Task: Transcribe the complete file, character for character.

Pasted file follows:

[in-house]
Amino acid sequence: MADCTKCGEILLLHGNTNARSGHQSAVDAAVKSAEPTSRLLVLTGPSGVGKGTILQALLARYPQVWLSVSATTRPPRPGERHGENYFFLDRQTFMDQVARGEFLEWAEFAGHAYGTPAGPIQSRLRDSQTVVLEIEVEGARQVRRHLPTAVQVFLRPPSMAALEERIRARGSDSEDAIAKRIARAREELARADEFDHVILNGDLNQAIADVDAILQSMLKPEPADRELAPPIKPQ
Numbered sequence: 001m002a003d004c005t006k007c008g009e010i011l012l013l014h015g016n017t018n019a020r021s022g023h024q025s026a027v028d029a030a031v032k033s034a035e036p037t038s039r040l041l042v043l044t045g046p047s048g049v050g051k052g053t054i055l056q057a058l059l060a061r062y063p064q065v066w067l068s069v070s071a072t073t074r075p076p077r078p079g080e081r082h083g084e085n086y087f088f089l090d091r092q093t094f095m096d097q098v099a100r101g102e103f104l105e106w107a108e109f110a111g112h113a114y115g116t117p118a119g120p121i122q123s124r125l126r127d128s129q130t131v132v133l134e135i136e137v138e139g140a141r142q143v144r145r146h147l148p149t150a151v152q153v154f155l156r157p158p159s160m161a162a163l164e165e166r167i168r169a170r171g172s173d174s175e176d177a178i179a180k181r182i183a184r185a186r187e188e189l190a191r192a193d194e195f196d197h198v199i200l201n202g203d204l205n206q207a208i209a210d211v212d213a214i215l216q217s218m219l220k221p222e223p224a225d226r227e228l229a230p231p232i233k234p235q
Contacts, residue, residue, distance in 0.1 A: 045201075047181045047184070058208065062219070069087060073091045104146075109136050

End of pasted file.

[in-house]
Amino acid sequence: MADCTKCGEILLLHGNTNARSGHQSAVDAAVKSAEPTSRLLVLTGPSGVGKGTILQALLARYPQVWLSVSATTRPPRPGERHGENYFFLDRQTFMDQVARGEFLEWAEFAGHAYGTPAGPIQSRLRDSQTVVLEIEVEGARQVRRHLPTAVQVFLRPPSMAALEERIRARGSDSEDAIAKRIARAREELARADEFDHVILNGDLNQAIADVDAILQSMLKPEPADRELAPPIKPQ
Numbered sequence: 001m002a003d004c005t006k007c008g009e010i011l012l013l014h015g016n017t018n019a020r021s022g023h024q025s026a027v028d029a030a031v032k033s034a035e036p037t038s039r040l041l042v043l044t045g046p047s048g049v050g051k052g053t054i055l056q057a058l059l060a061r062y063p064q065v066w067l068s069v070s071a072t073t074r075p076p077r078p079g080e081r082h083g084e085n086y087f088f089l090d091r092q093t094f095m096d097q098v099a100r101g102e103f104l105e106w107a108e109f110a111g112h113a114y115g116t117p118a119g120p121i122q123s124r125l126r127d128s129q130t131v132v133l134e135i136e137v138e139g140a141r142q143v144r145r146h147l148p149t150a151v152q153v154f155l156r157p158p159s160m161a162a163l164e165e166r167i168r169a170r171g172s173d174s175e176d177a178i179a180k181r182i183a184r185a186r187e188e189l190a191r192a193d194e195f196d197h198v199i200l201n202g203d204l205n206q207a208i209a210d211v212d213a214i215l216q217s218m219l220k221p222e223p224a225d226r227e228l229a230p231p232i233k234p235q
Contacts, residue, residue, distance in 0.1 A: 045201075047181045047184070058208065062219070069087060073091045104146075109136050